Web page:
Onboarding new Developers

How do you onboard new developers? Here is our problem:

We run an event twice a year where we ask people in the company to write some code for it. Most of them are NOT developers but more engineers so this isn’t their full time gig. Here are the challenges and what we’ve tried so far.

  1. This is a side project not their main job so they can’t invest a lot of time into it.
  2. We have an FAQ (granted it needs work) but no one read it.
  3. We have examples of the code in our Github but not many people referenced it.
  4. Developers are all over the world so time zones and language barriers can be a challenge. Makes it harder to do a lot of mentoring/shadowing.

The project is mostly CloudFormation templates that build some infrastructure, mostly EC2s some Service Catalog items and some Lambdas in there as well. Everything is checked into GitHub.

Any thoughts on things we could do? I thought about having them sign off that they read the FAQ or something. Open to ideas.


Where are they running into challenges? Are there tasks you’re asking them to do that aren’t part of the core objective? Are there ways that those tasks could be streamlined so that they push a button and it happens? You mentioned CloudFormation: are you already using launch stack URLs?

If onboarding has multiple steps, is there something you could do to orchestrate the process, like an app or chatbot that literally takes them step by step through what they need to get done, with an option to escalate to a human for help?

@raphabot can help me explain better.

Let me get more specific on the environment. So these are Capture The Flag events where each challenge builder has to come up with their own unique challenge. Simple example might be 2 EC2 instances where one is launching a network attack against the other. The builder has to create a CloudFormation Template that creates 2 EC2 instances and one has attack software maybe something in cron that just runs an attack. Super high-level example but a challenge can be serverless functions or a Kubernetes cluster or any number of AWS features. Those CFTs are launched by our backend system. The backend system loads them into a game board that players use. There is a Verify button that launches a lambda that can check to see if the player did whatever was necessary to block the attack as per the instructions in the challenge.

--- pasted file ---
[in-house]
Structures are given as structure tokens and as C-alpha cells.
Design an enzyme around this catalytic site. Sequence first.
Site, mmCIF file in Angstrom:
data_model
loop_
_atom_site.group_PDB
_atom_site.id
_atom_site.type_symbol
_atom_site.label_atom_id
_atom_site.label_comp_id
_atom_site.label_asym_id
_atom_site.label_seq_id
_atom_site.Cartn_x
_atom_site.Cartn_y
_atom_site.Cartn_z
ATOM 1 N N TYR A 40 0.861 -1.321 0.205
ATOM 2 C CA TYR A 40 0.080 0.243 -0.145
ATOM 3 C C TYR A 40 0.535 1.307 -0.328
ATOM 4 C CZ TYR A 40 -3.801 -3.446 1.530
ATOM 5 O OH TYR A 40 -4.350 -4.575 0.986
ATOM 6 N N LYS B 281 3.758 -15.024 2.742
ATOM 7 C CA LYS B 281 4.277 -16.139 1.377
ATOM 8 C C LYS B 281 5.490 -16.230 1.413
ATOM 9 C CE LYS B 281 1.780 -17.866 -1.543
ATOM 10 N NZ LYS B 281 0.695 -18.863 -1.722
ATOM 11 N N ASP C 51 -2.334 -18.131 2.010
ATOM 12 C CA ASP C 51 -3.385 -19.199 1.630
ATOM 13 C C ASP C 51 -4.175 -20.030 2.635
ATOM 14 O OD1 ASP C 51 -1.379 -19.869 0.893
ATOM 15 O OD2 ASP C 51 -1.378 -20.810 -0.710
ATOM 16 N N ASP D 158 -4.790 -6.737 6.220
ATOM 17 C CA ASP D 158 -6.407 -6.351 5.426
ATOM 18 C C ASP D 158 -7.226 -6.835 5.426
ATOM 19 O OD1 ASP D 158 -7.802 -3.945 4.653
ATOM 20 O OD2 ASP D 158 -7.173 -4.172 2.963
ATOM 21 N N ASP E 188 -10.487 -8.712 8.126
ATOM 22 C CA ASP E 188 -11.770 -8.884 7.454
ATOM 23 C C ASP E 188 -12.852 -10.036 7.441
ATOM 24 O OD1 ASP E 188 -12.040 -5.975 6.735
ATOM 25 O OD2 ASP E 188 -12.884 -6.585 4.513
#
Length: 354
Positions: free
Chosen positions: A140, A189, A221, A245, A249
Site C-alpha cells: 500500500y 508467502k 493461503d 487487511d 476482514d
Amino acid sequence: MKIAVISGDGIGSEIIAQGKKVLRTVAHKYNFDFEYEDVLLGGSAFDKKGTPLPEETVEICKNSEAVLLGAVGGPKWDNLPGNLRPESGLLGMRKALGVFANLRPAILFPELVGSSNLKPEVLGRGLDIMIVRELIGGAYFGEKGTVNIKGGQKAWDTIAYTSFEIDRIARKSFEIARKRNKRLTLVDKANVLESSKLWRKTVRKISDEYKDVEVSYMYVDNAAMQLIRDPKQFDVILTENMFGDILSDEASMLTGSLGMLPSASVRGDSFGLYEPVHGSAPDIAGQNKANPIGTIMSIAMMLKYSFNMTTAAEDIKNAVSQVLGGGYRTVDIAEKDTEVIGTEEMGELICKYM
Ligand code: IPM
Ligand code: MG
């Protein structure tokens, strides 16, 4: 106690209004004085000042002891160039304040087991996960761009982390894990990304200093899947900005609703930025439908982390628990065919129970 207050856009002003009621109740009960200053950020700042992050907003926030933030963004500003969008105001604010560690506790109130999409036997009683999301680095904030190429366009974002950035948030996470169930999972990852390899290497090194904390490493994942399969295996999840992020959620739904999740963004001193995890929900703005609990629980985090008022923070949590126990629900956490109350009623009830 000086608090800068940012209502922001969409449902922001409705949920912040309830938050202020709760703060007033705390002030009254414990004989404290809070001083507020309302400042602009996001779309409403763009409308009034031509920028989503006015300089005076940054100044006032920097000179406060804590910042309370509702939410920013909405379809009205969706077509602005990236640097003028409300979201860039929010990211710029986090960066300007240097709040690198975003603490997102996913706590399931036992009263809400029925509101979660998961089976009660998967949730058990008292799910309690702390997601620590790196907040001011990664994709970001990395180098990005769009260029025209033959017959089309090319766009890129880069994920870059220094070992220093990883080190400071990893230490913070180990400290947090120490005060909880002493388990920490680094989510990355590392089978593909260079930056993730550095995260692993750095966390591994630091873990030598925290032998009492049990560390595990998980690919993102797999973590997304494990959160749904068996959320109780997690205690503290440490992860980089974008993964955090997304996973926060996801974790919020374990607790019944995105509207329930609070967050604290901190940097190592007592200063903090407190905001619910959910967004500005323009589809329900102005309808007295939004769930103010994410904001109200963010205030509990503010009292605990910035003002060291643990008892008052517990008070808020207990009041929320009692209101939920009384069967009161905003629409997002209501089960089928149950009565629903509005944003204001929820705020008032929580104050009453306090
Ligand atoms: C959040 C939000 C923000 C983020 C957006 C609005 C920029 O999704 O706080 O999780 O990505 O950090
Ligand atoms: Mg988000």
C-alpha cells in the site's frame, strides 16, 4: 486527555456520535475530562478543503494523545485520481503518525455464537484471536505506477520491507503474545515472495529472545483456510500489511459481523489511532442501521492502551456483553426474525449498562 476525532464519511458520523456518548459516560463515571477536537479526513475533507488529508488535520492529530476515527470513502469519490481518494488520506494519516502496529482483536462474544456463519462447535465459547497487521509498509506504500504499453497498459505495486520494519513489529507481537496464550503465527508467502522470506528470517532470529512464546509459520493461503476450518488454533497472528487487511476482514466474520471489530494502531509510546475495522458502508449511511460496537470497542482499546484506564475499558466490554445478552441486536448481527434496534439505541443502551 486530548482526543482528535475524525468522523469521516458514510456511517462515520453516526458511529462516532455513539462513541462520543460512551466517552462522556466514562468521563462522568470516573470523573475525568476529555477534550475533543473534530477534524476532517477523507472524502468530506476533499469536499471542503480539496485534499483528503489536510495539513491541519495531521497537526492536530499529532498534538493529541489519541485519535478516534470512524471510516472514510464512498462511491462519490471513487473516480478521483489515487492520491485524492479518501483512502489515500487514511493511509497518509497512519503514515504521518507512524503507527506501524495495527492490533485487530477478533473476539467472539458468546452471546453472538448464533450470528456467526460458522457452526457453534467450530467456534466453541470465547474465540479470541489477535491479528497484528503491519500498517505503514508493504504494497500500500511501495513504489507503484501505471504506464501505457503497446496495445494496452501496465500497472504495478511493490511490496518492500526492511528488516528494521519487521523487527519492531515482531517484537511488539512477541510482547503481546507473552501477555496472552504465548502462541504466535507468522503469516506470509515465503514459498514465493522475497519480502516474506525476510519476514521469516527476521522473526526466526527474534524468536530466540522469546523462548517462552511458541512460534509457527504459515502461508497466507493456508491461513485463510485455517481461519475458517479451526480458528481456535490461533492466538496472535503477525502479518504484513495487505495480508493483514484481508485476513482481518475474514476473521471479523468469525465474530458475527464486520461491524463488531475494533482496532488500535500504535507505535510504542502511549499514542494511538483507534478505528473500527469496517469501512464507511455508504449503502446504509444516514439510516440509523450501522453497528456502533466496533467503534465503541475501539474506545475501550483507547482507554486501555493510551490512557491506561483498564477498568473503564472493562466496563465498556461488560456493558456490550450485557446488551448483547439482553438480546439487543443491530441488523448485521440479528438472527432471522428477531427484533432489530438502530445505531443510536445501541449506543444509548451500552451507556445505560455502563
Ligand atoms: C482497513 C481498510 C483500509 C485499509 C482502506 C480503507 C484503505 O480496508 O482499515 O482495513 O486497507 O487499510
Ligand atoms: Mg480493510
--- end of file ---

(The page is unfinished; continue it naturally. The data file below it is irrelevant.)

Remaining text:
Issues we’ve seen with builders (just some examples):

  1. One didn’t know we had a Verify lambda and tried to write one themselves.
  2. Need to make sure all AMIs have SSM installed and IAM needs to have that enabled.
  3. Security groups too wide open. Players have to be restricted, otherwise they could get into parts of the AWS account that could give away too much info or maybe we don’t allow them access into the ec2 instance itself to see what’s happening. Same issue with IAM.

Happy to show you everything offline @glb if you interested.

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Oh, some of those are tougher than others and get right into “people are difficult” :joy:

  1. What does the problem statement you give to folks look like? I’m guessing you have docs that already say “don’t write a Verify Lambda function, we have done that for you” but maybe it could be streamlined?
  2. Do you allow developers to provide their own AMIs or can you say “you have to pick one of these”? If the first, then it’s trickier; you’d probably need to have testing that spins up the image and looks for the agent. I’m way out of my lane here (haven’t used EC2 in forever) but could you mandate that the user data / boot script installs the agent? Checking this and IAM permissions fit into the next thing.
  3. Have you met cfn-lint / cloudformation-guard? You can write rules that validate CloudFormation templates and help people self-correct before they get to you. I’ve found cfn-lint super-helpful for setting up guard rails for our teams.

Sounds like there is no “good way” to onboard people. :wink:

  1. So we are working on docs now. We are fairly new at this so our docs were brand new last time we tried this and we found a lot of holes. I’m attempting to writing a better doc and this time we will put it in Github along with the sample code and see if that’s better. Last time we tried a wiki in Teams but I think putting the build docs closer to the code will help. One stop shop.
  2. Thought about restricting the AMI but seems a bit anti-cloudy? Meaning the code should always deploy the latest thing yadda yadda. We do have a IAM role base that most people should use so I think we can do that pretty easily. To your next comment, we’ve really started leveraging linter stuff so we could probably have something in there to check for it. The other thing I thought about is that we could use sorta the canary account concept. When testing, deploy the AWS account like we would for a game and then run a few different security products against it. In this case, we’d be looking at things like Synk and Trend Micro’s Cloud Conformity. Conformity has rules to check to see if SSM is installed. We may end up with a hybrid of the last 2 items. (side note - funny to think that EC2 is starting to sound like “legacy” technology already)
  3. From what I’ve gathered, yes we are using linter but we could add some more rules. But that’s probably always the case with any project.
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